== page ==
On the eve of Yom Kippur, conservative political firebrand Ann Coulter expressed only a smidgen of regret for her now infamous Twitter tirade, in which she accused candidates at last week’s Republican presidential debate of pandering to Jews.
Among a string of angry messages lambasting the contenders’ focus on consensus issues, the pundit tweeted, “How many….Jews do these people think there are in the United States?”
Offered the chance to reconsider her choice of words in an interview with The Algemeiner on Monday, her first with a Jewish publication since making the comments, Coulter yielded only that, “I would’ve used the [expletive] in a different part of the sentence.” And even that would only be in order to prevent her critics from “chopping up” her words and putting together a “bomb.”
Throughout the course of the interview, Coulter claimed she has been inundated with “fan mail from my Jewish fans.” She asserted that she is “a friend of Israel” and stands “against the enemies of the Jews.” She also said that while Jews “are usually so good with real estate,” Israel would do better if it relocated to the southern U.S. border. She called Donald Trump “the most Jewish” Republican candidate — although she has yet to hear any criticism from Trump’s Jewish daughter, Ivanka — and expressed interest in finding herself a Jewish doctor with whom to settle down.
But she was repeatedly dismissive of the maelstrom of antisemitism that her comments have ignited on social media networks, and rejected criticism from Jewish groups across the political spectrum that her comments played into antisemitic stereotypes about Jews having undue influence on American policy to the detriment of U.S. interests.
She pooh-poohed attacks from liberals, whom she called, “utter frauds and hypocrites” that “are constantly sucking up to anti-Semites,” but she also refused to take criticism from Jewish groups that might usually be aligned with her politically.
The Zionist Organization of America blasted Coulter’s “appalling, anti-Jewish remarks which evoked the classic, antisemitic trope about Jewish manipulation of America for the purposes of supporting Israel at America’s expense,” and the Orthodox National Council of Young Israel condemned her “ill-advised decision to spew hatred by denigrating the state of Israel and the Jewish community.” Commentary Magazine editor and conservative commentator John Podhoretz tweeted simply, “Shame on you.”
But Coulter dismissed the condemnations from “groups I agree with” as coming from people who “were deceived” and are “unfamiliar with my work,” as well as others who “may just be naive.”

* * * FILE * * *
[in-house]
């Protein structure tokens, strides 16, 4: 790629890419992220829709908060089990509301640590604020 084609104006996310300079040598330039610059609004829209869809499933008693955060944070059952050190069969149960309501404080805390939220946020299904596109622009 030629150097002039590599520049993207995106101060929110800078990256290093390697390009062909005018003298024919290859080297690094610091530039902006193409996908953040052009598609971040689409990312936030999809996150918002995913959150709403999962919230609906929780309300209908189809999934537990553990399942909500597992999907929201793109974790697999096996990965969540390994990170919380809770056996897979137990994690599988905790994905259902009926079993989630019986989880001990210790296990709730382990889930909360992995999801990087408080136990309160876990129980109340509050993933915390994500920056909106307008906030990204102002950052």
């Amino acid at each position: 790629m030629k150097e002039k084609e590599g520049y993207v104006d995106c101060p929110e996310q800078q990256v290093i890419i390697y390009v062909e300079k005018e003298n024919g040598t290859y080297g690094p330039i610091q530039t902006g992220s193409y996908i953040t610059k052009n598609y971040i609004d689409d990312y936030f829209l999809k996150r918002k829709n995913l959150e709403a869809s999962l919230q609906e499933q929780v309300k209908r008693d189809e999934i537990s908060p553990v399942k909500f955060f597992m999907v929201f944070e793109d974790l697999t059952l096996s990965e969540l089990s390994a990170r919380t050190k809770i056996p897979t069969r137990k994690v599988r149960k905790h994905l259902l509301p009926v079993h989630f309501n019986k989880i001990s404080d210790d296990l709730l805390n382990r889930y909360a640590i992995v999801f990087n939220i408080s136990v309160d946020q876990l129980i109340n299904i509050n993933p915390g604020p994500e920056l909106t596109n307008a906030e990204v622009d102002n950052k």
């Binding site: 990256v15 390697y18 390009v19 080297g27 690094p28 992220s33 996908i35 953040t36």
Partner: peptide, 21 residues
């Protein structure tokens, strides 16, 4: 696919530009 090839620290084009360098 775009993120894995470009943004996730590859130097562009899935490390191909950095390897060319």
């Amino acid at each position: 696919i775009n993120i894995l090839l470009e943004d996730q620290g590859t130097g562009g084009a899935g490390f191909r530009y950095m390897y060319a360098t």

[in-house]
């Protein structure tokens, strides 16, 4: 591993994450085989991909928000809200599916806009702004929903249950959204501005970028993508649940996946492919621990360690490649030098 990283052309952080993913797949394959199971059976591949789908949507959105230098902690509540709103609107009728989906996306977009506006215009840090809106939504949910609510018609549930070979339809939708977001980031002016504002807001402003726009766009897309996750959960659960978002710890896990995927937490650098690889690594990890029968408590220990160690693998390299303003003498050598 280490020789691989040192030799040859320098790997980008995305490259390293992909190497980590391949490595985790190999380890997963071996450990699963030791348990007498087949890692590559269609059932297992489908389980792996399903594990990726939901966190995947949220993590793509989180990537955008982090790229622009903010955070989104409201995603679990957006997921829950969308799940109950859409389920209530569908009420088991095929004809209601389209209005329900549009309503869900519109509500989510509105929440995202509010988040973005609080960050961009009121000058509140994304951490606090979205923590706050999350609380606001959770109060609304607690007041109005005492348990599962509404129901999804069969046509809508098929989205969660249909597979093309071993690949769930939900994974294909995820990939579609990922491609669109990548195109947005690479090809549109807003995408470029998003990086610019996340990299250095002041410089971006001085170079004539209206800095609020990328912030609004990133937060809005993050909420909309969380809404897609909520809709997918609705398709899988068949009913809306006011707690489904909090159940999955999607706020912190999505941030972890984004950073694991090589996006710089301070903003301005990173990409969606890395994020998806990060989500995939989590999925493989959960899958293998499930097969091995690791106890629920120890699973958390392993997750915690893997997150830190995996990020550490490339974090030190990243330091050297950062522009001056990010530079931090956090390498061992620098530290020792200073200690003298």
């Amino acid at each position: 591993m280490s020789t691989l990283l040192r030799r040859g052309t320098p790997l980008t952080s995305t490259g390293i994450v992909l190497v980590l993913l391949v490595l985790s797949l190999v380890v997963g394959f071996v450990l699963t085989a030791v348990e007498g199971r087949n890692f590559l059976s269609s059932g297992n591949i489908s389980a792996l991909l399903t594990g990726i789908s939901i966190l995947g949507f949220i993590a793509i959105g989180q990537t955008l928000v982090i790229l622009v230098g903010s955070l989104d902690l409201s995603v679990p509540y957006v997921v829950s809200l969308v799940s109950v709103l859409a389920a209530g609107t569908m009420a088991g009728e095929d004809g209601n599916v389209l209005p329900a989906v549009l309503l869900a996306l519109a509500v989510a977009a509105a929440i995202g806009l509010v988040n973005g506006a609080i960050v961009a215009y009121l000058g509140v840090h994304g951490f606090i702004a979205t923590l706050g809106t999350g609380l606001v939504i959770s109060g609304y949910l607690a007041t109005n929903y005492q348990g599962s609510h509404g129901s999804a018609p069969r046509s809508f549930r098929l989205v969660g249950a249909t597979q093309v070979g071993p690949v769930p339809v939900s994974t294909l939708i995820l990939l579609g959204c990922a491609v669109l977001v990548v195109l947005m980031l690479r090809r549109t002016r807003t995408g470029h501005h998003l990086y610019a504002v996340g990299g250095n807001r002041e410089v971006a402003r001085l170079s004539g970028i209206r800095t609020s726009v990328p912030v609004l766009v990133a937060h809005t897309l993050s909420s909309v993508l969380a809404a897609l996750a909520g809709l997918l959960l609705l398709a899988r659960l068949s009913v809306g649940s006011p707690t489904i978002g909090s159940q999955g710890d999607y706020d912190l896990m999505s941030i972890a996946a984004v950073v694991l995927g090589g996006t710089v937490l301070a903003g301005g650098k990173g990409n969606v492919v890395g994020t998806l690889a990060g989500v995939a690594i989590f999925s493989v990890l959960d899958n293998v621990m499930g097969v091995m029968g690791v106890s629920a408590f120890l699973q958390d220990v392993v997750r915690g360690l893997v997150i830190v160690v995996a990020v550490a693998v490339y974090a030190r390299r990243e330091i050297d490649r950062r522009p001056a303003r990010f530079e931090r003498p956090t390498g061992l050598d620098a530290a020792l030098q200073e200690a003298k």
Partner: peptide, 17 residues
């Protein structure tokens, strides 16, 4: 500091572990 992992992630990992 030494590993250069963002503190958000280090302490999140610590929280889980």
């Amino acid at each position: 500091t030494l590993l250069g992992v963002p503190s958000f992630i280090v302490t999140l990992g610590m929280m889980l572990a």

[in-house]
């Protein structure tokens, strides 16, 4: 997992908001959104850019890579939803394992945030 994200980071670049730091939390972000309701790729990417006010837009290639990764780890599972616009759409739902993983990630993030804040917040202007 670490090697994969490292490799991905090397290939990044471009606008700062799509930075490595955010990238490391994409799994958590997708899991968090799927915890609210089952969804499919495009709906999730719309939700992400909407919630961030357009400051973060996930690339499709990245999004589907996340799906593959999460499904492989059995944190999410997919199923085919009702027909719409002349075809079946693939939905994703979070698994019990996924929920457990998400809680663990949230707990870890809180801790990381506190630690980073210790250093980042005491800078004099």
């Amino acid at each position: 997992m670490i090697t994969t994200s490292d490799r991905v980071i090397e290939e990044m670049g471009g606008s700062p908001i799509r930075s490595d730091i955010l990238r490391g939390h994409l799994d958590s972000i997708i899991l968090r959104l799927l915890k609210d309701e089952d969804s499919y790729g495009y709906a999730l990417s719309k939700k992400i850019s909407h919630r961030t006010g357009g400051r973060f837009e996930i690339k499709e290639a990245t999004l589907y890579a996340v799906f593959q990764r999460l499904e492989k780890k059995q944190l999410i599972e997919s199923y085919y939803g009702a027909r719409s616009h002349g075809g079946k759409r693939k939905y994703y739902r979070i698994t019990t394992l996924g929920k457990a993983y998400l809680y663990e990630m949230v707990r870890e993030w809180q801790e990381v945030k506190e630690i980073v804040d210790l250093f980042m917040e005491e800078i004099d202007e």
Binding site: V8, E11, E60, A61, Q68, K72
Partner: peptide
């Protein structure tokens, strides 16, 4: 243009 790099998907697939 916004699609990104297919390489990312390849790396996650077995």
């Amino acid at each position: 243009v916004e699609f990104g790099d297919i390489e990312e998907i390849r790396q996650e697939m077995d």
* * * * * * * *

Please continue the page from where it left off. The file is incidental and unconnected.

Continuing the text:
Confronted by The Algemeiner with the prevailing wisdom that her tweet played into the most grotesque Jewish stereotypes, Coulter deflected, saying, “I’m throwing their Israel-pandering right in with their Reagan-pandering and their abortion-pandering.” She also noted, “In fact, right after sending that tweet, I tweeted out: ‘or maybe it’s the evangelicals.’”
Asked if she would repudiate the antisemitic hordes that have gathered in her defense under the #IStandWithAnn social-media banner, she claimed, “I haven’t seen any of those tweets. I hear about them but… I don’t even want to acknowledge their existence. It gives them too much credibility.”
“But for one thing,” she added, “If, or to the extent that, they are anti-Semites, well, they are going to become familiar with my work, and they’re going to see I’m not.”
Despite the strong implication to the contrary of her initial tweet, Coulter insisted that support for Israel in the U.S. is by no means a Jewish issue, but “truly an American cause” and that she supports U.S. aid to Israel because “they are our only friend there.”
“I must tell you,” she said, “Jews are usually so good with real estate. You guys are in a bad neighborhood over there. You are surrounded by animals and lunatics.”
“Israel knows how to defend itself,” she added. “They have a nice fence.”
Coulter also took the time, as a devout Presbyterian, to clarify the Christian religious imperative to support Israel.
“It would be great if I could clarify this in a Jewish magazine,” she said, “this business about the reason Christians support Israel is because we want the second coming. No, no, no, not true. That’s equivalent to the Protocols of the Elders of Zion.”
According to Coulter, the reason for Christian support for Israel, “as a matter of doctrine,” is because of the belief in the biblical mantra “that god gave Israel to the Jews.”
Perhaps walking back her 2007 radio show comments saying that Christians “just want Jews to be perfected” by converting to Christianity, she added, “I mean the existence of the Jews is proof of God in that sense.
Asked if she had any message for the Jewish community in honor of Yom Kippur, the unrepentant Coulter again flaunted the opportunity to express regret for her almost universally derided use of anti-Jewish language.
“Happy new year, and best wishes for an easy fast!” she said.